Kasey Kahne rallies in last 2 laps to win at Atlanta, makes Chase

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HAMPTON, Ga. – Kasey Kahne’s 17th career Sprint Cup win couldn’t have been any larger.

Battling Matt Kenseth in a two-lap, green-white-checker drag race to the finish, Kahne punched his ticket into the upcoming Chase for the Sprint Cup.

Kenseth’s Toyota wiggled heading into the white flag lap and that’s all it took for Kahne to get past, rolling to his first win in 39 starts, dating back to August 2013 at Pocono.

“We were all over the place during the race, but the guys stayed with me and worked hard,” Kahne said in Victory Lane. “I’m really happy and real thankful. We’ve had a downer year at times. … It’s been one thing after another, but now I’m in the Chase with my teammates and it’s great to be part of HMS (Hendrick Motorsports).”

Kahne becomes the 13th different driver to win a race this season, with just next week’s race at Richmond for any other winless driver to win and also make the Chase.

“This is a team effort,” Kahne said. “The guys did great tonight and I’m pretty pumped to be in here. We’re locked in. I hate that it comes down to this, Atlanta and Richmond for me. Sometimes we’re in and sometimes we’re out. We made it again, third time with HMS. I’m thankful for that.”

Beating Kenseth by a margin of .574 of a second, Kahne now joins his other three Hendrick Motorsports teammates – Dale Earnhardt Jr., Jimmie Johnson and Jeff Gordon – in making the Chase.

That gives the overall organization now a 25 percent chance to win the championship – the best odds of any of the 16 teams that will make up the expanded playoff field.

All three of his HMS teammates came over to congratulate Kahne in Victory Lane.

“How the heck did you get past them?” Jeff Gordon laughed to Kahne while giving him kudos for the win.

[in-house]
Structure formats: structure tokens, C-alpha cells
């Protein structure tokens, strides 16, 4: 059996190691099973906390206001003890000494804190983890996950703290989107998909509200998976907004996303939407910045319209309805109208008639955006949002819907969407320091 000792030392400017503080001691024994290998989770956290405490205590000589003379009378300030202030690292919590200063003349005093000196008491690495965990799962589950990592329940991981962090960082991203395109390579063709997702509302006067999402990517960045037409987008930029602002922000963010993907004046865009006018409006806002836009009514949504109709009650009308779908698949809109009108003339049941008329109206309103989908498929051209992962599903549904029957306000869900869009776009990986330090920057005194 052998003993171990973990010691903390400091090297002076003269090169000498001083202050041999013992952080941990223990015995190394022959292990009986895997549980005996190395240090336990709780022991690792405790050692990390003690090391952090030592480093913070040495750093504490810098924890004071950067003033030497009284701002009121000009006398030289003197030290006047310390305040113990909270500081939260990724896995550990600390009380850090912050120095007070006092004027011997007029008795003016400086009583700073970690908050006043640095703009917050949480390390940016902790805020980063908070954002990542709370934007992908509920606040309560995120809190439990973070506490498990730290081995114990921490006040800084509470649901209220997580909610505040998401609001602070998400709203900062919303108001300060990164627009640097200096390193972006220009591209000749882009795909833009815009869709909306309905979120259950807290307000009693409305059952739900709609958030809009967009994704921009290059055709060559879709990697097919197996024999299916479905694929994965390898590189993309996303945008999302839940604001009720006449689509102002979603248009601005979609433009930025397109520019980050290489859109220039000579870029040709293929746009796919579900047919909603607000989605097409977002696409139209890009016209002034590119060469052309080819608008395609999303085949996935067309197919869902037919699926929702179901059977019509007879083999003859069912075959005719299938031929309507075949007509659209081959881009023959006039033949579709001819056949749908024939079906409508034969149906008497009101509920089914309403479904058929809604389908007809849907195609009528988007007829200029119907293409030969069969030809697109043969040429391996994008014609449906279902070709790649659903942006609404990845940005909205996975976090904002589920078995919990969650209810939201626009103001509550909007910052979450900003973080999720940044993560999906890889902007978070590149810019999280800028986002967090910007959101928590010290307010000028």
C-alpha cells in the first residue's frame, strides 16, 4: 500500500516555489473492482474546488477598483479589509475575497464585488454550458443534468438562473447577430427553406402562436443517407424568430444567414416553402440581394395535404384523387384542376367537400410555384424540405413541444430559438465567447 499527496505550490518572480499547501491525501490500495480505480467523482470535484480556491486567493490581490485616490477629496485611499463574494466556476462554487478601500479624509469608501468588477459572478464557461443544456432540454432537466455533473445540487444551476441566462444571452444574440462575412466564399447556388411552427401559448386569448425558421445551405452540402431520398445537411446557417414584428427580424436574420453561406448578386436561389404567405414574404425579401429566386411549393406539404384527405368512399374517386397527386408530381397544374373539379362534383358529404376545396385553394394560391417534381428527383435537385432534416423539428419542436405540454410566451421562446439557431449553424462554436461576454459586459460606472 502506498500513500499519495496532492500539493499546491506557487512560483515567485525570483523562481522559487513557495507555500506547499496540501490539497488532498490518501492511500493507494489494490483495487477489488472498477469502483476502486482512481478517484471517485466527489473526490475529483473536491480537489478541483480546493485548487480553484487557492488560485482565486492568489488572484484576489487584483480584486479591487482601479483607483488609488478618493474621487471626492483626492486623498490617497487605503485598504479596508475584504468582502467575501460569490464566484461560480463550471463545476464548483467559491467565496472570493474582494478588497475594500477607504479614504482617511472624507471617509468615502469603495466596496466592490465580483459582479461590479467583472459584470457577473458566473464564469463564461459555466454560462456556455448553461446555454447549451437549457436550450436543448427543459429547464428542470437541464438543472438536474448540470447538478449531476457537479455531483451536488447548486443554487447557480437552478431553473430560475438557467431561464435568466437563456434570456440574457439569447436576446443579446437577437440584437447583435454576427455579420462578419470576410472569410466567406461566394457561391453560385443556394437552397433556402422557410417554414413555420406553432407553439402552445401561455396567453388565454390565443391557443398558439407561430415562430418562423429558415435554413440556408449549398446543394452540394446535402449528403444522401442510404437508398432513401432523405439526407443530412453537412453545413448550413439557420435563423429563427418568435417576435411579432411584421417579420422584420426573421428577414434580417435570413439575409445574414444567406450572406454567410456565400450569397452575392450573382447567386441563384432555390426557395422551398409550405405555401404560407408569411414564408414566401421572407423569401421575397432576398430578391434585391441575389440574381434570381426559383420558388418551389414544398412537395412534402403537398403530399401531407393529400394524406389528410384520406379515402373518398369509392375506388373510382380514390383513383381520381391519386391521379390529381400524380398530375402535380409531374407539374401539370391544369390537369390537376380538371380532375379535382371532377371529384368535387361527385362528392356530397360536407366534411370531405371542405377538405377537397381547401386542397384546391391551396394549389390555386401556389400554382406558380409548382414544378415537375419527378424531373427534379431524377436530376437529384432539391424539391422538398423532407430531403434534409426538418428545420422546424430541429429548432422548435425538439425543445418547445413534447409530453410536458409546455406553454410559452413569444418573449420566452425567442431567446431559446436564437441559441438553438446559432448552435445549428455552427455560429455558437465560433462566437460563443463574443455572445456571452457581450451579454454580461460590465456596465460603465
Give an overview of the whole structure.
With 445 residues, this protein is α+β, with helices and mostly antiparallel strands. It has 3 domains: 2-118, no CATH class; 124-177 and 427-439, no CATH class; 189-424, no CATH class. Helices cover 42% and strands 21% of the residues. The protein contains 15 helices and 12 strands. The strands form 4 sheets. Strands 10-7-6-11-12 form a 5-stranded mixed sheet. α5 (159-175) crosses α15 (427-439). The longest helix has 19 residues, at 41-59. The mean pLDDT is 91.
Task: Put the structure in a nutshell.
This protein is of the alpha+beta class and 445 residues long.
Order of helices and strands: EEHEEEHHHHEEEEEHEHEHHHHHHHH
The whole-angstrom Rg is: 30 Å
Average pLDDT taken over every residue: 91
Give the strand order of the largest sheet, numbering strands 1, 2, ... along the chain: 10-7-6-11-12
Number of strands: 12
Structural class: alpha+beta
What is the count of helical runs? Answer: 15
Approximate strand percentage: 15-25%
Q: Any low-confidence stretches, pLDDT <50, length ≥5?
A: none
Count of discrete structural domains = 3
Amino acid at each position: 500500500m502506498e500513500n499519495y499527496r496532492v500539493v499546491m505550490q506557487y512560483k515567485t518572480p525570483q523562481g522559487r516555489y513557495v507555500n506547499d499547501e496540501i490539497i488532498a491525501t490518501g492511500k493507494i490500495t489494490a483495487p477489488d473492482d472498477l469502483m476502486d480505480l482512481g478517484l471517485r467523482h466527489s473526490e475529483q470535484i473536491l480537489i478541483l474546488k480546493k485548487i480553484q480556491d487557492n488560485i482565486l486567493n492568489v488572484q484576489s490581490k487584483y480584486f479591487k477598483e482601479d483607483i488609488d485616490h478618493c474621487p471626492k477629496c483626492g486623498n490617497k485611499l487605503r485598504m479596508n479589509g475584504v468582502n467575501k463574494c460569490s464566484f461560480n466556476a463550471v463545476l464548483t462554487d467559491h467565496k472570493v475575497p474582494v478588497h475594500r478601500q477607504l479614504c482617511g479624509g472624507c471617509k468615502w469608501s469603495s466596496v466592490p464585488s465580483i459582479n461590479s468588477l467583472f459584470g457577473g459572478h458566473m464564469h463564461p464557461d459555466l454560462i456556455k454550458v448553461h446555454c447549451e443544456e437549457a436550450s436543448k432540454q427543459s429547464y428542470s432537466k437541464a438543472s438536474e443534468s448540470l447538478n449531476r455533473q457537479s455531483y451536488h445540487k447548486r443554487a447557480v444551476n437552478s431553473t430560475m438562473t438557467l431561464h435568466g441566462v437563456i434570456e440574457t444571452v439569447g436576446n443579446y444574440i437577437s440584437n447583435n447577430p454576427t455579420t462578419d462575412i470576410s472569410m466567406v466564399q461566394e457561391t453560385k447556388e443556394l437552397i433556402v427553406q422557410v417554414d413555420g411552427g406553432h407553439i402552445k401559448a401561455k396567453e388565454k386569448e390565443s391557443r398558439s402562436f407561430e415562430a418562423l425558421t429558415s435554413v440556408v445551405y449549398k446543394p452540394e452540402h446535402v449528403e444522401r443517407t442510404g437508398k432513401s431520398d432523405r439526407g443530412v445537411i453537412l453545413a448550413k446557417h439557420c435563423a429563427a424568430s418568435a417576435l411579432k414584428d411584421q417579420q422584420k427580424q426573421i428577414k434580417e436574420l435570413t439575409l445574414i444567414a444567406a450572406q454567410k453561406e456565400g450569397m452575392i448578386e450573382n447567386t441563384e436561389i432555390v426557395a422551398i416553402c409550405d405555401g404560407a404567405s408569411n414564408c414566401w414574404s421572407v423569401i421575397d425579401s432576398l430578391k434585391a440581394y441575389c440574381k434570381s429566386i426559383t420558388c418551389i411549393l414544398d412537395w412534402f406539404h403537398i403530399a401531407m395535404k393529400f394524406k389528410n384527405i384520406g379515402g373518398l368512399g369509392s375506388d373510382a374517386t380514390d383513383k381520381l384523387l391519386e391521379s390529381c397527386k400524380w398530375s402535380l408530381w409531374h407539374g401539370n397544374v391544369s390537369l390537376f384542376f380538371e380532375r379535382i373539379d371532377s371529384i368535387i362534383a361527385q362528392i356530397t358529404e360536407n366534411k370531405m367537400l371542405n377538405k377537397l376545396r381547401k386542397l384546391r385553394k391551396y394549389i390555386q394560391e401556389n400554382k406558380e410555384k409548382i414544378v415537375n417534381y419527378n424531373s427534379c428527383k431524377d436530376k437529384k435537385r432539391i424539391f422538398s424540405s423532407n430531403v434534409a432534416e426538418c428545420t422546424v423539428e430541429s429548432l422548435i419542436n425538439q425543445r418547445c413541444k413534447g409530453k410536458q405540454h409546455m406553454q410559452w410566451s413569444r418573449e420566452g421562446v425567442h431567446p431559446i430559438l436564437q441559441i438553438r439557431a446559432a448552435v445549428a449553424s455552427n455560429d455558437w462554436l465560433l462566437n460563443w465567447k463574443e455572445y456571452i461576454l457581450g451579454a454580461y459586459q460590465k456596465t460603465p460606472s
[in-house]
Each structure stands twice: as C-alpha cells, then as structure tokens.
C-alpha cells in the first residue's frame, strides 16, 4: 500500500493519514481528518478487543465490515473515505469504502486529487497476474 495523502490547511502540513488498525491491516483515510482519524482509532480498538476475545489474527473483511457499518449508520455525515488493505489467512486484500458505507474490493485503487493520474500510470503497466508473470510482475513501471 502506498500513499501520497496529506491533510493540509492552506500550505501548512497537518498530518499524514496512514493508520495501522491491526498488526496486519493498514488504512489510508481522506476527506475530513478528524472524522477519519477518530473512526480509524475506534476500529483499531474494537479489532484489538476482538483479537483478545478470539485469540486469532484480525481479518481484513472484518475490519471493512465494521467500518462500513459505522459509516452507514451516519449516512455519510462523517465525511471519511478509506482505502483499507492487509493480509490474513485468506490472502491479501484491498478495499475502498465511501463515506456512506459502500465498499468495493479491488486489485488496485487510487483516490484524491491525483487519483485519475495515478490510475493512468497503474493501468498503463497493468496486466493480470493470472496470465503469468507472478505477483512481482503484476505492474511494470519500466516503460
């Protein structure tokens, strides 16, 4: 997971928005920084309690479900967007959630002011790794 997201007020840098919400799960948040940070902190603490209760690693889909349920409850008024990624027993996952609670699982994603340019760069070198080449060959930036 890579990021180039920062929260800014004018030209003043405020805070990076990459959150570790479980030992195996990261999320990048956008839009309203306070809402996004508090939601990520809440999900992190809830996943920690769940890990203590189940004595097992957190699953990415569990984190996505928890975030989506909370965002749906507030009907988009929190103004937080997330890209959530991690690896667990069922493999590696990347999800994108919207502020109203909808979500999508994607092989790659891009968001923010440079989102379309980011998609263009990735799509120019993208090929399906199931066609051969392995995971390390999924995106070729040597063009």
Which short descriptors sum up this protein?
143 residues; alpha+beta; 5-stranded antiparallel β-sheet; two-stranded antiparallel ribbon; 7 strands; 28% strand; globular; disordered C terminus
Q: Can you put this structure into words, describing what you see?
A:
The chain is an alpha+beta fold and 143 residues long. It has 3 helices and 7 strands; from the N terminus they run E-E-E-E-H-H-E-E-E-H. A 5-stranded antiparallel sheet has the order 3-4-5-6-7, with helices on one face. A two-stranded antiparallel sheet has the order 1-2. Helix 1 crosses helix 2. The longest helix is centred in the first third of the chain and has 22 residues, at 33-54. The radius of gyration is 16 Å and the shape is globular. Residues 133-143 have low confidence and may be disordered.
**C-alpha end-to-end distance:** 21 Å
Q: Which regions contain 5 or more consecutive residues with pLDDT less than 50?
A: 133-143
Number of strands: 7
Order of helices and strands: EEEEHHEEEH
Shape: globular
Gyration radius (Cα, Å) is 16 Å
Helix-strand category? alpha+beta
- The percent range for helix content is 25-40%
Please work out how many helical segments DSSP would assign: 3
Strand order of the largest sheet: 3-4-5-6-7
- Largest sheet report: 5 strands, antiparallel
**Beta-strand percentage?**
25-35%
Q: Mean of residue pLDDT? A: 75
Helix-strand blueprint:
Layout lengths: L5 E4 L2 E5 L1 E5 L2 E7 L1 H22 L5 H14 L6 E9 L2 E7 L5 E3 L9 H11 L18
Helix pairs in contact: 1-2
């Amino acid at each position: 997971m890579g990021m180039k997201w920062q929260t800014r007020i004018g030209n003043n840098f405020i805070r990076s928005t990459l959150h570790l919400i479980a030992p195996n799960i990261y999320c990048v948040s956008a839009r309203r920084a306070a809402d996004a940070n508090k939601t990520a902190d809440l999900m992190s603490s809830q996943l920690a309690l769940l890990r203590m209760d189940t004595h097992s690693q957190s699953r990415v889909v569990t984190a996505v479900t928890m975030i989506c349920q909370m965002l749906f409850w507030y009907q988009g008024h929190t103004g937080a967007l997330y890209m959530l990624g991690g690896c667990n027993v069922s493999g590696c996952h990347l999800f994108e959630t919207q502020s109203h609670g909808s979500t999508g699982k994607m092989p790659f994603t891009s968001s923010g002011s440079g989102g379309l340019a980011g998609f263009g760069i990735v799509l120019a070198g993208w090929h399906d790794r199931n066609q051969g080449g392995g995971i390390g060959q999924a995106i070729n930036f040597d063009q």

While he came up short for a second-place finish, Kenseth still has reason to feel elated, having officially clinched his spot in the Chase on points. While he’d like for it to have been a win, he gladly settled for second and a place in the playoffs.

“Those last two laps were really intense,” Kenseth said. “… Things are looking up. I’m looking forward to the next 11 (races).”

Kenseth and Denny Hamlin, who finished third, led the field to the green flag for the final restart on Lap 333, but Hamlin’s could not catch Kenseth nor hold off Kahne, ultimately finishing third.

“I couldn’t capitalize, couldn’t get the restarts and couldn’t accelerate,” Hamlin said. “We just came up short. Third is about the place car we had tonight.”

Jimmie Johnson finished fourth, followed by Carl Edwards.

Danica Patrick had an outstanding run, finishing sixth, followed by Ryan Newman, Kyle Larson, Aric Almirola and Greg Biffle.

Pole-sitter Kevin Harvick dominated the race, leading 195 laps and appeared headed for a weekend sweep, having won Saturday night’s Nationwide Series race.

But Harvick got into a late wreck when he was pushed into the wall and the trailing car of Joey Logano by Paul Menard.

Harvick finished 19th.

It was a rough night for a number of drivers: